Established art house directors Yorgos Lanthimos and Lucrecia Martel won cash prizes as International Film Festival Rotterdam’s 30th coproduction market CineMart announced its prizes last night.
Martel picked up The WorldView New Grenres Fund Development Award (€5,000) for the Best CineMart 2013 Project for her project Zama.
The film, with a €3.9m budget, is an Argentine/Spanish co-production being made through Martel’s regular producers Lita Stantic Producciones with support from Spanish outfit El Deseo. An adaptation of Antonio di Benedetto’s Eighteenth Century-set novel Zama, this is one of the few period films attempted by Latin-American directors.
Greek director Lanthimos (best known for Dogtooth) won the ARTE International Prize (€7,000) for the Best CineMart 2013 Project for The Lobster.
This is being made through Irish outfit Element Pictures, Limp, the new UK production company set up by Lanthimos, and Scarlet Films.
The €1.9m project is an unconventional love story set in a dystopian future where single people are given strict conditions for finding mates.
At a ceremony held high up in Rotterdam’s Euromast Tower, the biggest cash prize of the evening,The Eurimages Coproduction Development Award (worth €30,000) went to young Swedish director Johannes Nyholm for his film The Giant, which is being made through Beofilm and Garagefilm.
A stunned Nyholm laughed in disbelief as he accepted his award.
The ceremony ended with a special short film made in tribute to popular CineMart coordinator Jacobine van der Vloed, who is leaving the organisation after 10 years to pursue a career in production.
“We will miss her very much,” said Marit van den Elshout, head ofCineMart.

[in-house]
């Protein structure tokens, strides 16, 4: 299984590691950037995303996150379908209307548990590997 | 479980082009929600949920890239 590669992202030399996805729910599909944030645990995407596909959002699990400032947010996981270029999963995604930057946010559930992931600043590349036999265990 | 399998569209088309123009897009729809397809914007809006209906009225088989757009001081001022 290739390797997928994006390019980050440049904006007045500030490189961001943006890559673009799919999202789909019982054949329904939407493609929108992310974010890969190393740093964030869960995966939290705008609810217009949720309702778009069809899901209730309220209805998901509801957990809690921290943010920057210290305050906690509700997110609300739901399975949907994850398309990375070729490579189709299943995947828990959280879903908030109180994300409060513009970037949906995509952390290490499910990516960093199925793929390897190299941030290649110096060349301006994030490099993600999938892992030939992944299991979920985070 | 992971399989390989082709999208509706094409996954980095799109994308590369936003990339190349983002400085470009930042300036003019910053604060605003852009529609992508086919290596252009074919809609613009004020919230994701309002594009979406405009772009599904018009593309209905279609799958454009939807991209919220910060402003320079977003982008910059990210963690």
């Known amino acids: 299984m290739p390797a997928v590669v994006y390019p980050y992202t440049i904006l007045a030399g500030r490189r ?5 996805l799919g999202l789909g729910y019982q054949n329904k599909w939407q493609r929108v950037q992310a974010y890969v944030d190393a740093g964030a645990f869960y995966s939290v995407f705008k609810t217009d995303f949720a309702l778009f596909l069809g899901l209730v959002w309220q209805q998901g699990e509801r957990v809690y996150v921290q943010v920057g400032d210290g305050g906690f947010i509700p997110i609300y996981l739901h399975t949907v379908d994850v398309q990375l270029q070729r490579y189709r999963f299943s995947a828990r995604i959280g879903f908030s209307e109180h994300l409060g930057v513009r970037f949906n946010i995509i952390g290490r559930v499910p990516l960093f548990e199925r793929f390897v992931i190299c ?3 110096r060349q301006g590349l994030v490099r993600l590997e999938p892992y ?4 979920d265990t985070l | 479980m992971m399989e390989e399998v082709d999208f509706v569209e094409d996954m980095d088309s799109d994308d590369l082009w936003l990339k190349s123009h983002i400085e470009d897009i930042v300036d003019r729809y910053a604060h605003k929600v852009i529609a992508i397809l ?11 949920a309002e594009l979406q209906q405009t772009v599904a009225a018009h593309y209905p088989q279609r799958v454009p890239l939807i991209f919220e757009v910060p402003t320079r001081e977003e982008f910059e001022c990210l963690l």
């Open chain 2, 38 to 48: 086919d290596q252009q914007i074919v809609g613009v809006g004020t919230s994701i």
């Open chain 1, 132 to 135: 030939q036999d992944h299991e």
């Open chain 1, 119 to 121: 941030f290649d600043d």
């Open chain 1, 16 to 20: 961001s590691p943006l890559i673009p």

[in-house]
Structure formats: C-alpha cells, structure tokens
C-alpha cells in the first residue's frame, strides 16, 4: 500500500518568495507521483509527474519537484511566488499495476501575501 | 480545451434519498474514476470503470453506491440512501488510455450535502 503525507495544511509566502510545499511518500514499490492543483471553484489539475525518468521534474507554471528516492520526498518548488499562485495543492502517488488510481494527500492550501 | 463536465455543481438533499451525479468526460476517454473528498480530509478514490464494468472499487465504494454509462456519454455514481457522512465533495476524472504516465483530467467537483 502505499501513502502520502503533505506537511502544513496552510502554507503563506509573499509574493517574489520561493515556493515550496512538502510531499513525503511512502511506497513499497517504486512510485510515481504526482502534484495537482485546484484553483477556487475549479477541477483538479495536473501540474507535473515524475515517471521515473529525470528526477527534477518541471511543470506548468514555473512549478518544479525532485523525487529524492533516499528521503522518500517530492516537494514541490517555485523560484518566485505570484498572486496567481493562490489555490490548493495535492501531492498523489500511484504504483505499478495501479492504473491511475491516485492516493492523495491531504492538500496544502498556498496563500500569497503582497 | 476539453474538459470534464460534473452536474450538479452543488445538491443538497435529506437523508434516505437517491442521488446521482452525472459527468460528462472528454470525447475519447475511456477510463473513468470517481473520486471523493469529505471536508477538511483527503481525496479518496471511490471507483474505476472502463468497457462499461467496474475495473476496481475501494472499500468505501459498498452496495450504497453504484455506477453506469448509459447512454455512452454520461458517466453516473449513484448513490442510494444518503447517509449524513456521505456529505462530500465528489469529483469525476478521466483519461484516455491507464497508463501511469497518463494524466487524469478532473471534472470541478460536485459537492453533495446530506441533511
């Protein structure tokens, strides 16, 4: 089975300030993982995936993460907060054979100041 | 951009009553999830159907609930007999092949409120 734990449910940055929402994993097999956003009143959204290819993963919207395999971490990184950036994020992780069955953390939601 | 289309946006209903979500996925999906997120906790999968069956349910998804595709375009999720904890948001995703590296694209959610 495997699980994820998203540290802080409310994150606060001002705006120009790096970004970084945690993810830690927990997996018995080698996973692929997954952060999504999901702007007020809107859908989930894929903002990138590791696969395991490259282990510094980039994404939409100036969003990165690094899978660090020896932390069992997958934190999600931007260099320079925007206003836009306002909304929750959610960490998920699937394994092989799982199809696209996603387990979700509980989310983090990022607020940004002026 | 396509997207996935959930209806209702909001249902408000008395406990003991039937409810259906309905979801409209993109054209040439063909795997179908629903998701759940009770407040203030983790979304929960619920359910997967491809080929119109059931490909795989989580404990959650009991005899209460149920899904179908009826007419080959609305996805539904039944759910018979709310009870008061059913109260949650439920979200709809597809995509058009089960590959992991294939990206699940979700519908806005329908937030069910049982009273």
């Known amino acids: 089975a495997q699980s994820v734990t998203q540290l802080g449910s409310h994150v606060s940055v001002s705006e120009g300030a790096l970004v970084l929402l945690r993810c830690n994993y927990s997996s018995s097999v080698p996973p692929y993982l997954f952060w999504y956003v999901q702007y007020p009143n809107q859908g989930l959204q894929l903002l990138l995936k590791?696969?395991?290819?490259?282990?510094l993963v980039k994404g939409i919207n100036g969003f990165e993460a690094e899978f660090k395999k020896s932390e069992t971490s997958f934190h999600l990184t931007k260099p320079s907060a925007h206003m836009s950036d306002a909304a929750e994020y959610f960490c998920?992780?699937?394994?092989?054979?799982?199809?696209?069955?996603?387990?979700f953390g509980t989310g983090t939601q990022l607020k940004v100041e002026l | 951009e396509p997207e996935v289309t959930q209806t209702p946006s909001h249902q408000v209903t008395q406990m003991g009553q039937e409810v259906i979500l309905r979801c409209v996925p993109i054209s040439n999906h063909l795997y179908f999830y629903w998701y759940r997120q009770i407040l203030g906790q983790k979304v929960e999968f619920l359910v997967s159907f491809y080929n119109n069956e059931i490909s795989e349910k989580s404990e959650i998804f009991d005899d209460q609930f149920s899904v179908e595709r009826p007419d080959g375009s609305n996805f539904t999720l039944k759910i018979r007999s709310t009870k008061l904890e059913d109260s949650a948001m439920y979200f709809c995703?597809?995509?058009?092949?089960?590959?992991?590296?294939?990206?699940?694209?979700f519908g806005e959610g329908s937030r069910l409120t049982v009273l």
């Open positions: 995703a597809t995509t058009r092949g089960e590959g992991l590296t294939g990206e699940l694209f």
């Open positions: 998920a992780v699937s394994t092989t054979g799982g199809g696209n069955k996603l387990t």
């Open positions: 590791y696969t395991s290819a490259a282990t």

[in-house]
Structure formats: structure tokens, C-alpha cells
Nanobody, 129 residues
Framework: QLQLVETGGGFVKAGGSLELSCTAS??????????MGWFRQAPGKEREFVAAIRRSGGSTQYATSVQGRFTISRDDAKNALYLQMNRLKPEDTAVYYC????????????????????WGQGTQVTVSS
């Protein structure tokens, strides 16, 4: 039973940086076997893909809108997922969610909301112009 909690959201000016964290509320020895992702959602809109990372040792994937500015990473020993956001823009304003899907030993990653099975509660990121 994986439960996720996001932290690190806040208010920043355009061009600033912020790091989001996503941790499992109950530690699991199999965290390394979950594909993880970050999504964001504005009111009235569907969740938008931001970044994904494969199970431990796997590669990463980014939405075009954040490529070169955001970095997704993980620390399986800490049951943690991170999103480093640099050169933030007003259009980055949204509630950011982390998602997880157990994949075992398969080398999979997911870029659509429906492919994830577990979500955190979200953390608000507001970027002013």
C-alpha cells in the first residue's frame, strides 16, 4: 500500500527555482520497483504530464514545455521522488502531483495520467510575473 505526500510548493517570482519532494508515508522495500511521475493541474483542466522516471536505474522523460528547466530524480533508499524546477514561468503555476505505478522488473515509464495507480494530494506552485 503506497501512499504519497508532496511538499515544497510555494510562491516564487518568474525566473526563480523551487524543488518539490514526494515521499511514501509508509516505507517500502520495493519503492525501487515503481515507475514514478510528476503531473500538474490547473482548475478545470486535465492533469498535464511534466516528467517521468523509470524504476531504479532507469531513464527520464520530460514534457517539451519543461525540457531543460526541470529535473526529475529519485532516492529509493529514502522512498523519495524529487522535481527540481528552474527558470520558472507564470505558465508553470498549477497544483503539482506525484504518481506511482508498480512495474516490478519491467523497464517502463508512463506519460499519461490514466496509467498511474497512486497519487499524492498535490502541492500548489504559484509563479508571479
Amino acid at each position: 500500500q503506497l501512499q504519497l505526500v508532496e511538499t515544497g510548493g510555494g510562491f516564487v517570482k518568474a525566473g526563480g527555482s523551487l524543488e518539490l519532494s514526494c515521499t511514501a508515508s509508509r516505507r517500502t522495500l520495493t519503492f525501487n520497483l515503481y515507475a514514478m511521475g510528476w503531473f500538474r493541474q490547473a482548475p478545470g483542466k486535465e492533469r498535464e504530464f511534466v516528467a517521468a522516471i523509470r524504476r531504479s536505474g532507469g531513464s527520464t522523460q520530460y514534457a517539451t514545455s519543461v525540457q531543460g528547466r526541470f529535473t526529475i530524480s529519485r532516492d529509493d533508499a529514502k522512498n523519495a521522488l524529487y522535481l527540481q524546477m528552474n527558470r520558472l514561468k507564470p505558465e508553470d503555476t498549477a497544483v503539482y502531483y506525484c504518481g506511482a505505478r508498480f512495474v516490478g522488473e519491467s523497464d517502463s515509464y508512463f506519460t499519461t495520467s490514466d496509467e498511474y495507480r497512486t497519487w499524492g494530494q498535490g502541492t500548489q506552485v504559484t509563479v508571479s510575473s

Positive mood and fresh deals
Although few deals are generally completed during CineMart – where projects are being pitched for the first time – sales agents and distributors were generally upbeat about this year’s selection.
“It has been an amazing CineMart. We were very happy to see the turn out,” commented Jean-Baptiste Babin of French financier/producers BackUp Media.
Some projects have already attracted financing or new coproduction partners. For example, it was confirmed during CineMart that Angel Films in Denmark and Belgian outfit Epidemic were both to board Alex van Warmerdam’s new film Number Nine (working title), which is being sold by Fortissimo.
David Verbeek’s Chinese-set psychological thriller Dead & Beautiful also had a profitable CineMart.
The €1.1m film, to be produced by Lemming Film in partnership with Chine Blue Flims in China and Les Petits Lumieres in France, has received €300,000 from the Netherlands Film Fund and is now close to completing its financing. Sales agents are reportedly vying to handle the project.
There were several art-themed projects presented in this year’s CineMart. Five were there as part of IFFR’s Art:Film collaboration with CPH:Dox.
One title selected independently but which sparked strong interest among sales agents was David Hockney: A Life In Pictures, new feature doc about the English artist. This was pitched in Rotterdam by producer Kate Ogborn and director Randall Wright.
BBC Arts is already aboard the film, being made through Fly Film Company and Blakeway Productions. The film will showcase Hockney’s extensive film work which has never before been seen in public.
One or two sales agents have been ramping up their slates with IFFR titles in advance of the European Film Market. Media Luna, which had already picked up Diderik Ebbinge’s new film Matterhorn, has now confirmed that it will also be handling sales on David Verbeek’s How To Describe A Cloud.